The Fed Is Stressed Out. A WSJ Editorial
What if a bank had the same problem the regulators have?Wall Street Journal, Nov 28, 2015
Almost nobody in Washington cares, and most of the financial media haven’t noticed. But the inspector general’s office at the Federal Reserve recently reported the disturbing results of an internal investigation. Last December the central bank internally identified “fundamental weaknesses in key areas” related to the Fed’s own governance of the stress testing it conducts of financial firms.
The Fed’s stress tests theoretically judge whether the country’s largest banks can withstand economic downturns. So the Fed identifying a problem with its own management of the stress tests is akin to an energy company noticing that something is not right at one of its nuclear reactors.
According to the inspector general, “The governance review findings include, among other items, a shortcoming in policies and procedures, insufficient model testing” and “incomplete structures and information flows to ensure proper oversight of model risk management.” These Fed models are essentially a black box to the public, so there’s no way to tell from the outside how large a problem this is.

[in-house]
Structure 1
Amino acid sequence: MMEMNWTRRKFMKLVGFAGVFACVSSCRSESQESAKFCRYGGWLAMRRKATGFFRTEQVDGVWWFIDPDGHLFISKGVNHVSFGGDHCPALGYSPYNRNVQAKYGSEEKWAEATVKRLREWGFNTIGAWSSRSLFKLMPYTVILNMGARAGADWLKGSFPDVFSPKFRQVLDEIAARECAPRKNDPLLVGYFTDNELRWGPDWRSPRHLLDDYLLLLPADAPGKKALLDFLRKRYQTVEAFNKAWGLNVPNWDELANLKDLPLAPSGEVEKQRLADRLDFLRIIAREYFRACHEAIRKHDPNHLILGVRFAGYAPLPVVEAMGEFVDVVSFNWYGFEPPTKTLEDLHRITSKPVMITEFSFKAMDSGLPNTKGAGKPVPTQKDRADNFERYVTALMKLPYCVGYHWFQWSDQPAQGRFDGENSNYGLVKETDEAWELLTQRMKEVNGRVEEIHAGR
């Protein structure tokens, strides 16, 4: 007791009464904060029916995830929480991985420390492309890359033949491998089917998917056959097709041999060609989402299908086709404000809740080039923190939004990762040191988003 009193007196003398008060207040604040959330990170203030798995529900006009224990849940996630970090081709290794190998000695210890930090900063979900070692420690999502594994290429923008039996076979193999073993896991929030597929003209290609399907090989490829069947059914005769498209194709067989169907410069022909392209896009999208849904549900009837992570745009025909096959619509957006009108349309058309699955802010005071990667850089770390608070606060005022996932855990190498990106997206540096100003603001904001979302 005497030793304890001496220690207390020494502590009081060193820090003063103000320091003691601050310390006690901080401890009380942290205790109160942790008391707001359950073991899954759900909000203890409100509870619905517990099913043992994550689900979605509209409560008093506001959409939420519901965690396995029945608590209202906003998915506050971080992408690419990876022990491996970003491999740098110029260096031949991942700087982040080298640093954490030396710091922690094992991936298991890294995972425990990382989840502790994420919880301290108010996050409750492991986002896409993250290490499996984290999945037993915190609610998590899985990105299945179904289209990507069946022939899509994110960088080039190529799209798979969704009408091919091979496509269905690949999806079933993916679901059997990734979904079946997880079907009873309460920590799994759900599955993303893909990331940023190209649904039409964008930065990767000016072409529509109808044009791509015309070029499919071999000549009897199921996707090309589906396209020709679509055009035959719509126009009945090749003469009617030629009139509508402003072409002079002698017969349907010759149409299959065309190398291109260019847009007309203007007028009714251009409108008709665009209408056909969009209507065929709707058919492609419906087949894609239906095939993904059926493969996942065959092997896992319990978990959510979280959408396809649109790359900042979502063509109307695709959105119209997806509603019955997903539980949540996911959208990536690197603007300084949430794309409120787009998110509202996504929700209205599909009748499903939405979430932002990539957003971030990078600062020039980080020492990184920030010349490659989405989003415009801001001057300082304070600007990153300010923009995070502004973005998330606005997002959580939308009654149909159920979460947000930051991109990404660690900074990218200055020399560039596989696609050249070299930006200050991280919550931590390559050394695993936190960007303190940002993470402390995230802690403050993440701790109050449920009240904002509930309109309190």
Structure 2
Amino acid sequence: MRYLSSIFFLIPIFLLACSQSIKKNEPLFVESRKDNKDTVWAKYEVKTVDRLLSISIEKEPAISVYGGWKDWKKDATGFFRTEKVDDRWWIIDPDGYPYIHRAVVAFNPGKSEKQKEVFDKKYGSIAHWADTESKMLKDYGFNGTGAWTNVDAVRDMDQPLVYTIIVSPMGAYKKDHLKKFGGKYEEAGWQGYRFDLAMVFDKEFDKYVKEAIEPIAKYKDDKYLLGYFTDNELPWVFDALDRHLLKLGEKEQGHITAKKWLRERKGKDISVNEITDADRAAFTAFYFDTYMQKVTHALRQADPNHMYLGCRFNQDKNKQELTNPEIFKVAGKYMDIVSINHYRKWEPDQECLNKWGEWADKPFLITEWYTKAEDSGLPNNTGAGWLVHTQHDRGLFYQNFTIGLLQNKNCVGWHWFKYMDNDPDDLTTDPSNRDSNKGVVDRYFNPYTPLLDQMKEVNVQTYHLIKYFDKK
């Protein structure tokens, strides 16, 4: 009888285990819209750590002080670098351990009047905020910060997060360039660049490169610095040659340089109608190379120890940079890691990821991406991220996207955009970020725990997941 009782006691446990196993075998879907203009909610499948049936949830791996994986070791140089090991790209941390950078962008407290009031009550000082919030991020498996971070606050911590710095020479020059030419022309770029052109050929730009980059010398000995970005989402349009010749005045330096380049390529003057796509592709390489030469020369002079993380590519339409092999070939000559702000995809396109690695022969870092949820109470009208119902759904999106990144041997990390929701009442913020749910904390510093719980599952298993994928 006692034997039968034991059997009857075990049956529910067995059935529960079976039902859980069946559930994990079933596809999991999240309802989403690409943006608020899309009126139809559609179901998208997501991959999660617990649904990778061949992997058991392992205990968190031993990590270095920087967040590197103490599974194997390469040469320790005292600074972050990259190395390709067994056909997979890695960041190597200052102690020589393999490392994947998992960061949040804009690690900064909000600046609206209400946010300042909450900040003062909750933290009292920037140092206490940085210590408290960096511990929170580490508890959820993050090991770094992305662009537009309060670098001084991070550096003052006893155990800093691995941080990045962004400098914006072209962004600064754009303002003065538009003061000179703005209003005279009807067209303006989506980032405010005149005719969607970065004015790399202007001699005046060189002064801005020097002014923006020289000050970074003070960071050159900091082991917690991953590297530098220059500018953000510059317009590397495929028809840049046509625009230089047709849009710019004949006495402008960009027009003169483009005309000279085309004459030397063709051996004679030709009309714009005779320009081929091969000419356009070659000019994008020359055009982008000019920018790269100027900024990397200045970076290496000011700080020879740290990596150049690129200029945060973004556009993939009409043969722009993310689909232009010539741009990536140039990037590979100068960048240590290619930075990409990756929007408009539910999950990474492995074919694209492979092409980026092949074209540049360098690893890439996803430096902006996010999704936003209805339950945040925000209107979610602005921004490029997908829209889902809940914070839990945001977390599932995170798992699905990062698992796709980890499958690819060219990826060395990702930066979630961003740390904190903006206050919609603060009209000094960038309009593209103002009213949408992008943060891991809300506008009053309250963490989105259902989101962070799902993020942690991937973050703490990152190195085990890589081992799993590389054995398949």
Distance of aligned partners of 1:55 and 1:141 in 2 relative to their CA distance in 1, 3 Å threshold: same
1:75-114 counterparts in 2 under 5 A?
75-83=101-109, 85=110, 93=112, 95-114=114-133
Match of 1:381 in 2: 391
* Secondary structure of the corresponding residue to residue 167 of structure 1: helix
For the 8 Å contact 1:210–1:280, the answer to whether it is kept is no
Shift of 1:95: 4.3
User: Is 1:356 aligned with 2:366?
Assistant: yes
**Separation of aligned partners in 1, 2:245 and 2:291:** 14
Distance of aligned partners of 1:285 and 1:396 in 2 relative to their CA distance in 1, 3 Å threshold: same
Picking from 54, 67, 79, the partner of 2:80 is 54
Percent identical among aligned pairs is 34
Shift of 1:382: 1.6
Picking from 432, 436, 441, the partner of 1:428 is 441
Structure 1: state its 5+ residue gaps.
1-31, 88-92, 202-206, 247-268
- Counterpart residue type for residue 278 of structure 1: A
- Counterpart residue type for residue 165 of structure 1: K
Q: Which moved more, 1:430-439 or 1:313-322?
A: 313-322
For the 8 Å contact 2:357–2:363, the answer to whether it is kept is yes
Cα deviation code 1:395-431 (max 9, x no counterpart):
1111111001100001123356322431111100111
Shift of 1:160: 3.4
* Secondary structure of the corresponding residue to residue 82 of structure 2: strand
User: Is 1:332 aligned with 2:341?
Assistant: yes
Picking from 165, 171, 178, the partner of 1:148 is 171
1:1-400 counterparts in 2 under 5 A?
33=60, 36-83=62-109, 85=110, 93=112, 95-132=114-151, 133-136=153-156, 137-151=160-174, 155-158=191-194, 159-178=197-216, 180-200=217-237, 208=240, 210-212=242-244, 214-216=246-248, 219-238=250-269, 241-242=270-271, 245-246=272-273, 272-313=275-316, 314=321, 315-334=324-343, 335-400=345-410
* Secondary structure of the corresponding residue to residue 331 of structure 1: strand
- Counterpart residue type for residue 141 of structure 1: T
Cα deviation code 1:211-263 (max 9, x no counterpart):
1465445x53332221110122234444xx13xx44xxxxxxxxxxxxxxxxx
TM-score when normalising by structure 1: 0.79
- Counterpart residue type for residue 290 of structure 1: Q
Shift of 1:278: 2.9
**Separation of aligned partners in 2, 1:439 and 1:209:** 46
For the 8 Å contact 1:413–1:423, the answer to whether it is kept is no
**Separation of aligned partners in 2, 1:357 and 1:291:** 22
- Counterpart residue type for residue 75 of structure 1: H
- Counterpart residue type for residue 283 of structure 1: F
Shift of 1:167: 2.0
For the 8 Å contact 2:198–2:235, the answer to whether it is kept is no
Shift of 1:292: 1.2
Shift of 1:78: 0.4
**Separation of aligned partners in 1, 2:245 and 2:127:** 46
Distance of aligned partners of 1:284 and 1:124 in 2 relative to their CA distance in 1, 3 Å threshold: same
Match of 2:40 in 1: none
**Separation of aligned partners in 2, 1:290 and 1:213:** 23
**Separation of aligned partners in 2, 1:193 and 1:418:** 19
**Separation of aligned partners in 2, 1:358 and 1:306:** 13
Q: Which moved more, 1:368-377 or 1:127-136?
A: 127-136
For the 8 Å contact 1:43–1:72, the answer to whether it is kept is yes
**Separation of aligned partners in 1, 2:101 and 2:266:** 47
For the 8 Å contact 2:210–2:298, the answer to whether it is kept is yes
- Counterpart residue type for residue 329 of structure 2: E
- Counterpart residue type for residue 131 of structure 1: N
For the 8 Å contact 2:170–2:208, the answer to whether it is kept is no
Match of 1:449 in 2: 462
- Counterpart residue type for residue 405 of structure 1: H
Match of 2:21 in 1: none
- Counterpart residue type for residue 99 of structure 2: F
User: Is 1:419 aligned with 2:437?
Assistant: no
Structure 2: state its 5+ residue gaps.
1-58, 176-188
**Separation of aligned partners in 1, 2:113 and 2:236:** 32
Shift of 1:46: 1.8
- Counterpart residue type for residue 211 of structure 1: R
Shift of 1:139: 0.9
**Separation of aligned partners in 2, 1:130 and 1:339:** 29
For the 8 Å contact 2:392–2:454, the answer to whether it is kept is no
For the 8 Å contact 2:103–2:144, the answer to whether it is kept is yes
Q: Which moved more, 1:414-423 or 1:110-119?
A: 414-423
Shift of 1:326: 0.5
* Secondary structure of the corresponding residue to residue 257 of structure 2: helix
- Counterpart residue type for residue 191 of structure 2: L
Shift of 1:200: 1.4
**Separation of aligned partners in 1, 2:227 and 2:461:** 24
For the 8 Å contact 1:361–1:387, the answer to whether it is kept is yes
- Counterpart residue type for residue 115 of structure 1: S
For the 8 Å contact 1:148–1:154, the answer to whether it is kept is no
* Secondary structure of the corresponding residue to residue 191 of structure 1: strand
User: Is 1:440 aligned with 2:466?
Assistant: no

The Fed’s ability to construct and maintain financial and economic models is much more than a subject of intellectual curiosity. Given that Fed-approved models at the heart of the so-called Basel capital standards proved to be spectacularly wrong in the run-up to the last financial crisis, the new report is more reason to wonder why anyone should expect them to be more accurate the next time.
The Fed’s IG adds that last year’s internal review “notes that similar findings identified at institutions supervised by the Federal Reserve have typically been characterized as matters requiring immediate attention or as matters requiring attention.”
That’s for sure. Receiving a “matters requiring immediate attention” letter from the Fed is a big deal at a bank. The Journal reported last year that after the Fed used this language in a letter to Credit Suisse castigating the bank’s work in the market for leveraged loans, the bank chose not to participate in the financing of several buy-out deals.
But it’s hard to tell if anything will come from this report that seems to have fallen deep in a Beltway forest. The IG office’s report says that the Fed is taking a number of steps to correct its shortcomings, and that the Fed’s reform plans “appear to be responsive to our recommendations.”
The Fed wields enormous power with little democratic accountability and transparency. This was tolerable when the Fed’s main job was monetary, but its vast new regulatory authority requires more scrutiny. Congress should add the Fed’s stressed-out standards for stress tests to its oversight list.